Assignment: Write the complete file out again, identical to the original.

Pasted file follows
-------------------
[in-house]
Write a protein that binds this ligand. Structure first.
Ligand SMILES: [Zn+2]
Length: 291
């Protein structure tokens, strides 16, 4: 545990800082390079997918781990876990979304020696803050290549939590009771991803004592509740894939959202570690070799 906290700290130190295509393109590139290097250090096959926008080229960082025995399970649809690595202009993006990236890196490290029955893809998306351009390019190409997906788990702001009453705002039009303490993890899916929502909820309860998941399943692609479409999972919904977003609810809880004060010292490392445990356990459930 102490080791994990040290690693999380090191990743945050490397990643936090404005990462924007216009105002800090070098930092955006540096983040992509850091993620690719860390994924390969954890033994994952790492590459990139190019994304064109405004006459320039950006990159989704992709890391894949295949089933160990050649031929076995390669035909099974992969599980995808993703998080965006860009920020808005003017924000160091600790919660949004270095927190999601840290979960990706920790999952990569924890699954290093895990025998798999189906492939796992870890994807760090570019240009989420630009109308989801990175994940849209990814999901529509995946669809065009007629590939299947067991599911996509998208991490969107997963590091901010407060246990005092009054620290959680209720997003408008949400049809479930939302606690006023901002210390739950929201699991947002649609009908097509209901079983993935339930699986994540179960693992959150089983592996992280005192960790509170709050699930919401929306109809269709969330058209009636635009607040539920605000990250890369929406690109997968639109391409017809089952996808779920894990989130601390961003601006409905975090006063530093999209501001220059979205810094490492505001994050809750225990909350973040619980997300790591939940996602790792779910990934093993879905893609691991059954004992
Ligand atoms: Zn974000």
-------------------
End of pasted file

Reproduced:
[in-house]
Write a protein that binds this ligand. Structure first.
Ligand SMILES: [Zn+2]
Length: 291
């Protein structure tokens, strides 16, 4: 545990800082390079997918781990876990979304020696803050290549939590009771991803004592509740894939959202570690070799 906290700290130190295509393109590139290097250090096959926008080229960082025995399970649809690595202009993006990236890196490290029955893809998306351009390019190409997906788990702001009453705002039009303490993890899916929502909820309860998941399943692609479409999972919904977003609810809880004060010292490392445990356990459930 102490080791994990040290690693999380090191990743945050490397990643936090404005990462924007216009105002800090070098930092955006540096983040992509850091993620690719860390994924390969954890033994994952790492590459990139190019994304064109405004006459320039950006990159989704992709890391894949295949089933160990050649031929076995390669035909099974992969599980995808993703998080965006860009920020808005003017924000160091600790919660949004270095927190999601840290979960990706920790999952990569924890699954290093895990025998798999189906492939796992870890994807760090570019240009989420630009109308989801990175994940849209990814999901529509995946669809065009007629590939299947067991599911996509998208991490969107997963590091901010407060246990005092009054620290959680209720997003408008949400049809479930939302606690006023901002210390739950929201699991947002649609009908097509209901079983993935339930699986994540179960693992959150089983592996992280005192960790509170709050699930919401929306109809269709969330058209009636635009607040539920605000990250890369929406690109997968639109391409017809089952996808779920894990989130601390961003601006409905975090006063530093999209501001220059979205810094490492505001994050809750225990909350973040619980997300790591939940996602790792779910990934093993879905893609691991059954004992
Ligand atoms: Zn974000």